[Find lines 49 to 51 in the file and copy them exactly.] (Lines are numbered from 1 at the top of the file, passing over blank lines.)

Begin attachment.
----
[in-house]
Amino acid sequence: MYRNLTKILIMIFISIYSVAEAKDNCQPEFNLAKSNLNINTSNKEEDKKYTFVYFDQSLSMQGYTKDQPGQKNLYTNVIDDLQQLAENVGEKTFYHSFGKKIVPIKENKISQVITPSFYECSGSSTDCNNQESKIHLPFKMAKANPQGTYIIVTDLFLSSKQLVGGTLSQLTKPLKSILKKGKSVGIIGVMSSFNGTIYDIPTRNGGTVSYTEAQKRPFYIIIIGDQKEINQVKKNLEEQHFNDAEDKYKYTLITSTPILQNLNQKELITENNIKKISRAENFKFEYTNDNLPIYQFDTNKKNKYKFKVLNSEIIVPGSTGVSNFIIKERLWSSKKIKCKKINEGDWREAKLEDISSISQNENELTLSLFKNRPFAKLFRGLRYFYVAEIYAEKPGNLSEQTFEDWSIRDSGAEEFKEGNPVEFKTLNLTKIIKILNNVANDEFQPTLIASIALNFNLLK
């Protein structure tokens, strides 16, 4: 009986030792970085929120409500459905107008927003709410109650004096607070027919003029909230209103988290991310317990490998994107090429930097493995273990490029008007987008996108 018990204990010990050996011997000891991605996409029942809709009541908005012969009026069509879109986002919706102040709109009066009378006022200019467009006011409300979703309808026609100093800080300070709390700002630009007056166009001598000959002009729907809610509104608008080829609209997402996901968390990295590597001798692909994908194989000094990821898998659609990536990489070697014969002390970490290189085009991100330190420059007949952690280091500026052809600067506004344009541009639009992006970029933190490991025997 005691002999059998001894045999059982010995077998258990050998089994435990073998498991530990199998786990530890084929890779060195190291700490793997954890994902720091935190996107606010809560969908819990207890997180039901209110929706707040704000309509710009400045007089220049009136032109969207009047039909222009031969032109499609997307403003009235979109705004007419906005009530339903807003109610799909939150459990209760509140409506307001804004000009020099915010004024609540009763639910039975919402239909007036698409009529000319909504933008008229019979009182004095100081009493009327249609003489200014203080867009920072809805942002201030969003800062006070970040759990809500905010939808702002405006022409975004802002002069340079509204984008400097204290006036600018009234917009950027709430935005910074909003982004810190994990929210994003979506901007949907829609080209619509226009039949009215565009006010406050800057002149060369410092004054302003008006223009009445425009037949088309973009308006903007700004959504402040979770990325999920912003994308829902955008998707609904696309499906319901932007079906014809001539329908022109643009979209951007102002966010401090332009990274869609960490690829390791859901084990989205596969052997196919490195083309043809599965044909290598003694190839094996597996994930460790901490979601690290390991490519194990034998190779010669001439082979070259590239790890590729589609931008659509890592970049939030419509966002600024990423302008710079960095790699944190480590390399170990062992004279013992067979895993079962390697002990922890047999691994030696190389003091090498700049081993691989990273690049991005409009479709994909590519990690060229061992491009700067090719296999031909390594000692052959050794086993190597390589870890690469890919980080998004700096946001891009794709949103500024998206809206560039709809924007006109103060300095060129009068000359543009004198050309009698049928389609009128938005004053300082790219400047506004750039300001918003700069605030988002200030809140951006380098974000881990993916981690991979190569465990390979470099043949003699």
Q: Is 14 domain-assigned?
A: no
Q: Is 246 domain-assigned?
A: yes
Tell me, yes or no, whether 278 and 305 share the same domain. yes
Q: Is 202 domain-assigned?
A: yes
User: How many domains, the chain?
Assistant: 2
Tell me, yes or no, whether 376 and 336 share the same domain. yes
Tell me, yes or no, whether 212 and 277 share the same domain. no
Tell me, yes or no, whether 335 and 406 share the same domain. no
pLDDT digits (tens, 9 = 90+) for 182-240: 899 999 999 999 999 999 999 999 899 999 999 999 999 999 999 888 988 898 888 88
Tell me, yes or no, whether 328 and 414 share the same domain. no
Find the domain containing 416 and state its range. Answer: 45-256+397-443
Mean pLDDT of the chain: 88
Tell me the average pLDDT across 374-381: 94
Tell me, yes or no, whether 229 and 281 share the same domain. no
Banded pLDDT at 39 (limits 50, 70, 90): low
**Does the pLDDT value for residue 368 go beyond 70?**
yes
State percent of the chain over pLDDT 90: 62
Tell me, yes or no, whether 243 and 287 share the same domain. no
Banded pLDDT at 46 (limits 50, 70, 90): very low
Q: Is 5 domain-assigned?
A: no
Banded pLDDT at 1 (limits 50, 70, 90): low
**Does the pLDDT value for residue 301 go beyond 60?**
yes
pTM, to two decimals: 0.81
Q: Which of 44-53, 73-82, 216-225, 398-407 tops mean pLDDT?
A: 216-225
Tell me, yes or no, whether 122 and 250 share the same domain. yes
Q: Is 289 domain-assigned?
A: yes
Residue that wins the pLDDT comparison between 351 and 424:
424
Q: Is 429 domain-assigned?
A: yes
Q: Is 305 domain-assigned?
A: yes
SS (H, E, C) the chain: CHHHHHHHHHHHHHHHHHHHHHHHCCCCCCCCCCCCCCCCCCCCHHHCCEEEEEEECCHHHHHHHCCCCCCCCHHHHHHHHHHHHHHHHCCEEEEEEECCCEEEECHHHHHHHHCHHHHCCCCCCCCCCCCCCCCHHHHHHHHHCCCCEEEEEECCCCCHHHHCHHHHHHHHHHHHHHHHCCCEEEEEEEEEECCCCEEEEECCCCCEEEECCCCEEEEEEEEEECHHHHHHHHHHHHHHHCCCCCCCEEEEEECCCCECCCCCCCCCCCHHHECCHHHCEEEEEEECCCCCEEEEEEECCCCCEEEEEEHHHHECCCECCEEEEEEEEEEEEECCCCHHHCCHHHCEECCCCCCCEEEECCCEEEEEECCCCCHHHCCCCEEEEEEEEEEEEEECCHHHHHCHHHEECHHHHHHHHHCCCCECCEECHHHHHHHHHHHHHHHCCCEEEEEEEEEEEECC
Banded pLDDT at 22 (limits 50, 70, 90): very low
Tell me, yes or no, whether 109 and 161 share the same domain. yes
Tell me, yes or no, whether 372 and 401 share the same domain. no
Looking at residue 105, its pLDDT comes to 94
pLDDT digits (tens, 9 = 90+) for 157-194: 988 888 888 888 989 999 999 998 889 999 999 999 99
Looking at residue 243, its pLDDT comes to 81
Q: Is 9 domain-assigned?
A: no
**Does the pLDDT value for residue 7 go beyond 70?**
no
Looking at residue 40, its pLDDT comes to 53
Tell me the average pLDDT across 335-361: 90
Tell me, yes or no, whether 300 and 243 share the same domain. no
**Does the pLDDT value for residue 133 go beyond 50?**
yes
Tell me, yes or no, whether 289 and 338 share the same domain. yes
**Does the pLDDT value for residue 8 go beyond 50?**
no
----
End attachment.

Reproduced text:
Looking at residue 105, its pLDDT comes to 94
pLDDT digits (tens, 9 = 90+) for 157-194: 988 888 888 888 989 999 999 998 889 999 999 999 99
Looking at residue 243, its pLDDT comes to 81